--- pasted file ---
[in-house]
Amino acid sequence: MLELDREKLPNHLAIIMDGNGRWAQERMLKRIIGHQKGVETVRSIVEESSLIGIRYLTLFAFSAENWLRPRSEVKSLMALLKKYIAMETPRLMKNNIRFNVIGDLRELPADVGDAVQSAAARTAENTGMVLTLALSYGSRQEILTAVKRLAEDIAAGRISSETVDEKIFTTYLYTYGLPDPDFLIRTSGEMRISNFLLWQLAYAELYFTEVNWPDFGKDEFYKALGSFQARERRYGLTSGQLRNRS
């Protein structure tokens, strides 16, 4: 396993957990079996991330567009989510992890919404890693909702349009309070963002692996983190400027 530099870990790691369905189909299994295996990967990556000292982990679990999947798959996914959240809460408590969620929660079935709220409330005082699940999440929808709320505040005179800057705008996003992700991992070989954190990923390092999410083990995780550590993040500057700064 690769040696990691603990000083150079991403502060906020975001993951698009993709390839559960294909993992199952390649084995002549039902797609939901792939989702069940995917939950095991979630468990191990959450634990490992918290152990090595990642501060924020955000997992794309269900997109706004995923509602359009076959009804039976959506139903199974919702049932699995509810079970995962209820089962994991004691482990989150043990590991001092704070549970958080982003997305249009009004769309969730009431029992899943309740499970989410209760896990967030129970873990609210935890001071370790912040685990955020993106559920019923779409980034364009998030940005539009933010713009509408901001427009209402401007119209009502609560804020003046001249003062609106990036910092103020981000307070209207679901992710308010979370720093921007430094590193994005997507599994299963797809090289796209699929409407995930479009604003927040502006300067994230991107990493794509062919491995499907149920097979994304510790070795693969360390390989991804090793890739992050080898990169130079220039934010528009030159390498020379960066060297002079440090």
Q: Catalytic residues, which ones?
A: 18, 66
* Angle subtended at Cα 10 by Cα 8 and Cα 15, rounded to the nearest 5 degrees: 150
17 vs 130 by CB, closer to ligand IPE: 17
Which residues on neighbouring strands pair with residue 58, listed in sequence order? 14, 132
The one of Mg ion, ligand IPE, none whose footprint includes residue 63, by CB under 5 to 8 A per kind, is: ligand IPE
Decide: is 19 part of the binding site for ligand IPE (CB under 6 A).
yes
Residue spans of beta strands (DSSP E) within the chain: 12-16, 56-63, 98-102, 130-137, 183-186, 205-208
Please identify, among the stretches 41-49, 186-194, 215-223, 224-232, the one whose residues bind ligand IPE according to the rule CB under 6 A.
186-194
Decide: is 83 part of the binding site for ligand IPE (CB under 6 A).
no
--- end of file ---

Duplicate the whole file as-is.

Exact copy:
[in-house]
Amino acid sequence: MLELDREKLPNHLAIIMDGNGRWAQERMLKRIIGHQKGVETVRSIVEESSLIGIRYLTLFAFSAENWLRPRSEVKSLMALLKKYIAMETPRLMKNNIRFNVIGDLRELPADVGDAVQSAAARTAENTGMVLTLALSYGSRQEILTAVKRLAEDIAAGRISSETVDEKIFTTYLYTYGLPDPDFLIRTSGEMRISNFLLWQLAYAELYFTEVNWPDFGKDEFYKALGSFQARERRYGLTSGQLRNRS
């Protein structure tokens, strides 16, 4: 396993957990079996991330567009989510992890919404890693909702349009309070963002692996983190400027 530099870990790691369905189909299994295996990967990556000292982990679990999947798959996914959240809460408590969620929660079935709220409330005082699940999440929808709320505040005179800057705008996003992700991992070989954190990923390092999410083990995780550590993040500057700064 690769040696990691603990000083150079991403502060906020975001993951698009993709390839559960294909993992199952390649084995002549039902797609939901792939989702069940995917939950095991979630468990191990959450634990490992918290152990090595990642501060924020955000997992794309269900997109706004995923509602359009076959009804039976959506139903199974919702049932699995509810079970995962209820089962994991004691482990989150043990590991001092704070549970958080982003997305249009009004769309969730009431029992899943309740499970989410209760896990967030129970873990609210935890001071370790912040685990955020993106559920019923779409980034364009998030940005539009933010713009509408901001427009209402401007119209009502609560804020003046001249003062609106990036910092103020981000307070209207679901992710308010979370720093921007430094590193994005997507599994299963797809090289796209699929409407995930479009604003927040502006300067994230991107990493794509062919491995499907149920097979994304510790070795693969360390390989991804090793890739992050080898990169130079220039934010528009030159390498020379960066060297002079440090």
Q: Catalytic residues, which ones?
A: 18, 66
* Angle subtended at Cα 10 by Cα 8 and Cα 15, rounded to the nearest 5 degrees: 150
17 vs 130 by CB, closer to ligand IPE: 17
Which residues on neighbouring strands pair with residue 58, listed in sequence order? 14, 132
The one of Mg ion, ligand IPE, none whose footprint includes residue 63, by CB under 5 to 8 A per kind, is: ligand IPE
Decide: is 19 part of the binding site for ligand IPE (CB under 6 A).
yes
Residue spans of beta strands (DSSP E) within the chain: 12-16, 56-63, 98-102, 130-137, 183-186, 205-208
Please identify, among the stretches 41-49, 186-194, 215-223, 224-232, the one whose residues bind ligand IPE according to the rule CB under 6 A.
186-194
Decide: is 83 part of the binding site for ligand IPE (CB under 6 A).
no